Norway's WADA vice president Linda Helleland has criticised conflicts of interest within world anti-doping efforts ©Getty Images

Norwegian politician Linda Helleland, set to  stand next year to replace Sir Craig Reedie as President  of the World Anti-Doping Agency (WADA), has criticised the conflicts of interest that she claims are hampering the fight on doping.

Helleland, current WADA vice-president and Norway’s Minister of Children and Equality, told German paper Bild am Sonntag that there was little cooperation between anti-doping agencies and world governing bodies "because everyone is pursuing their own goals."

She added: "Some want to improve the fight against doping.

"The others have no interest in it."

Helleland’s candidature is likely to be strongly opposed by the International Olympic Committee (IOC) following her repeated criticism of their handling of the Russian doping crisis.

After the WADA-commissioned McLaren report into alleged systematic Russian doping was released in two parts in 2016, the IOC rejected the anti-doping body’s recommendation to ban Russia from the 2016 Olympic Games in Rio de Janeiro, although this was the course taken by the International Paralympic Committtee and the International Association of Athletics Federations.

The McLaren report’s findings led to the establishment by the IOC in July 2016 of a Disciplinary Commission and an Inquiry Commission.

In November and December of 2017, more than 40 Russian athletes results from Sochi 2014 annulled by the IOC for doping irregularities.

Poland's Minister of Sport Witold Banka, pictured at last month's IAAF World U20 Championships in Tampere, is expected to run against Linda Helleland for the WADA Presidency next year ©Getty Images
Poland's Minister of Sport Witold Banka, pictured at last month's IAAF World U20 Championships in Tampere, is expected to run against Linda Helleland for the WADA Presidency next year ©Getty Images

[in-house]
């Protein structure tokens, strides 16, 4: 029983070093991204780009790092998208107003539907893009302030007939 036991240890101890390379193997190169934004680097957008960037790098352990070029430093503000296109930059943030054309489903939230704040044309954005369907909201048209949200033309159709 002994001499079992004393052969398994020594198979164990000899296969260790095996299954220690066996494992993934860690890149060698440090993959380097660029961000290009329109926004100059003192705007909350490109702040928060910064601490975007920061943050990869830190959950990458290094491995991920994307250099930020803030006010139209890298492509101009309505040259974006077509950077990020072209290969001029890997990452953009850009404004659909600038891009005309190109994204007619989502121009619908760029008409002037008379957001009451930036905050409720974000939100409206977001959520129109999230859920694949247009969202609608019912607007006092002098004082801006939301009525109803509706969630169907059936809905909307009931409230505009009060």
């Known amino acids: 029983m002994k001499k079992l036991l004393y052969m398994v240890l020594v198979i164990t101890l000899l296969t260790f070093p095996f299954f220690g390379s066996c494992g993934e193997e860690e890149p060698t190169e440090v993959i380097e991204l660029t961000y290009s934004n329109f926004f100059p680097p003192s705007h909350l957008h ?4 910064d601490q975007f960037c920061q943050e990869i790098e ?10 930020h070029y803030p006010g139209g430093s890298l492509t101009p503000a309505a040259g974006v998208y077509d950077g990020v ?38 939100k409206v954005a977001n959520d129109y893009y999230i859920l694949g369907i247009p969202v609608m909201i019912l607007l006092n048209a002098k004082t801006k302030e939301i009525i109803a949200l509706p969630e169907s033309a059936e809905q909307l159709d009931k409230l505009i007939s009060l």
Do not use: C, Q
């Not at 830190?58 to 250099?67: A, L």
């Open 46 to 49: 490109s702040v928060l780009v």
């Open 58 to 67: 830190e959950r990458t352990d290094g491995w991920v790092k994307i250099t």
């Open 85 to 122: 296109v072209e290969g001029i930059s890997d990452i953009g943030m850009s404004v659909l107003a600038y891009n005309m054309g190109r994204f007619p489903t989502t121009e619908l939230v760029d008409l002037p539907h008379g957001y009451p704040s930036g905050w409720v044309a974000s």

In her Bild interview Helleland, likely to be opposed in her campatgn by Poland's Minister of Sport Witold Bańka, said, "I want to build bridges and look for compromises" - contrasted this turn of event with her experiences in the Norwegian Government.

She said: "When experts put a report on the table, it is accepted by Parliament. Point!

"In sports, the next investigation will be commissioned to check whether the results of the first report are really correct.

"Then there is the next report.

"You just steal people's time."

Asked about the role IOC President Thomas Bach plays in this, she replied: "He is the President of the IOC - I respect that.

"He represents the interests of the IOC.

"I represent the interests of WADA, and I want to be a representative for the athletes and sports fans."

Helleland reiterated her belief that WADA needed to be fully independent.

"Sometimes you sit at the table with people doing five or six sports functions at the same time," she said.

"Sometimes they can hardly remember who they actually represent.

"That is unspeakable.

"If you have constant conflicts of interest, that automatically becomes a problem.

"We need a WADA that is strong and independent…

"The most important thing for me is that WADA has a President who stands for values such as independence, transparency and democracy and who fights for the athletes.

"Someone who keeps fighting when the climate gets a bit rougher.

"We are not where we should be - we need change!

"If such values are [seen as] a nightmare, then we know why we have to fight."

An election to replace Sir Craig is due to take place at the World Conference on Doping in Sport in Katowice in Bańka's home country of Poland from November 5 to 7 in 2019.

IOC President Thomas Bach is an
IOC President Thomas Bach is an "opponent" to change of the anti-doping system, according to Hajo Seppelt, the German journalist who exposed widespread doping in Russia ©ARD

Meanwhile Hajo Seppelt, the German ARD TV journalist whose documentaries offering details and testimony relating to Russian doping provided much of the impetus for WADA’s subsequent investigations, has told an anti-doping discussion panel here that Bach has been an "opponent" of changes designed to counter anti-doping.

"The view on sports structure is changing," he said at the event hosted by organisers of the European Athletics Championships taking place here.

"Of course people who are on the other side, the conservative ones, those who want to uphold these structures that have been existing for so many years, they are trying to slow down our progress.

"For example Thomas Bach from the IOC is one of the opponents.

"I have already said that I do understand that he is one them who is not helping with combating doping as he still wants to uphold the structures as they always have been.

"These people who do have a conflict of interest are the ones that he wants to have on top of the decision-making process."